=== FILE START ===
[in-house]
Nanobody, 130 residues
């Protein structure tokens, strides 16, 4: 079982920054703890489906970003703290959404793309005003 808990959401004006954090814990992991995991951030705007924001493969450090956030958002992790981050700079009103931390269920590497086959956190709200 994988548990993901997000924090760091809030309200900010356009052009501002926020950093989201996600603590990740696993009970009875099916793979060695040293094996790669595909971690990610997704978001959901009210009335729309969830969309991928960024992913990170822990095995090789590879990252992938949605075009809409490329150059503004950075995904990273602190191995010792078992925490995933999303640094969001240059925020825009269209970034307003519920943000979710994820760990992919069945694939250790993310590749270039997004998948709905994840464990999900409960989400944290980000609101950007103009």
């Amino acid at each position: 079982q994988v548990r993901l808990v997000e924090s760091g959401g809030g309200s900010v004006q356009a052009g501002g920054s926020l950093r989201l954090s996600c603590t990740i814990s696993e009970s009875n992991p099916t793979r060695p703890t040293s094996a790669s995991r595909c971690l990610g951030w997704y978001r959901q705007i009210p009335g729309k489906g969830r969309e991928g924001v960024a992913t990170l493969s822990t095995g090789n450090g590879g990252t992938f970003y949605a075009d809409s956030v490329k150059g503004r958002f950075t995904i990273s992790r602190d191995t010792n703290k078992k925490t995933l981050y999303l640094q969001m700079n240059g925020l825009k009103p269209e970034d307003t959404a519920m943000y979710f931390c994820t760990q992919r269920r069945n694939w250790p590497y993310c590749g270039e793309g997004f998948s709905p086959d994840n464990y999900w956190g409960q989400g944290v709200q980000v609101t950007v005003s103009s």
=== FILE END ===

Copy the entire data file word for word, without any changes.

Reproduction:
[in-house]
Nanobody, 130 residues
């Protein structure tokens, strides 16, 4: 079982920054703890489906970003703290959404793309005003 808990959401004006954090814990992991995991951030705007924001493969450090956030958002992790981050700079009103931390269920590497086959956190709200 994988548990993901997000924090760091809030309200900010356009052009501002926020950093989201996600603590990740696993009970009875099916793979060695040293094996790669595909971690990610997704978001959901009210009335729309969830969309991928960024992913990170822990095995090789590879990252992938949605075009809409490329150059503004950075995904990273602190191995010792078992925490995933999303640094969001240059925020825009269209970034307003519920943000979710994820760990992919069945694939250790993310590749270039997004998948709905994840464990999900409960989400944290980000609101950007103009």
């Amino acid at each position: 079982q994988v548990r993901l808990v997000e924090s760091g959401g809030g309200s900010v004006q356009a052009g501002g920054s926020l950093r989201l954090s996600c603590t990740i814990s696993e009970s009875n992991p099916t793979r060695p703890t040293s094996a790669s995991r595909c971690l990610g951030w997704y978001r959901q705007i009210p009335g729309k489906g969830r969309e991928g924001v960024a992913t990170l493969s822990t095995g090789n450090g590879g990252t992938f970003y949605a075009d809409s956030v490329k150059g503004r958002f950075t995904i990273s992790r602190d191995t010792n703290k078992k925490t995933l981050y999303l640094q969001m700079n240059g925020l825009k009103p269209e970034d307003t959404a519920m943000y979710f931390c994820t760990q992919r269920r069945n694939w250790p590497y993310c590749g270039e793309g997004f998948s709905p086959d994840n464990y999900w956190g409960q989400g944290v709200q980000v609101t950007v005003s103009s």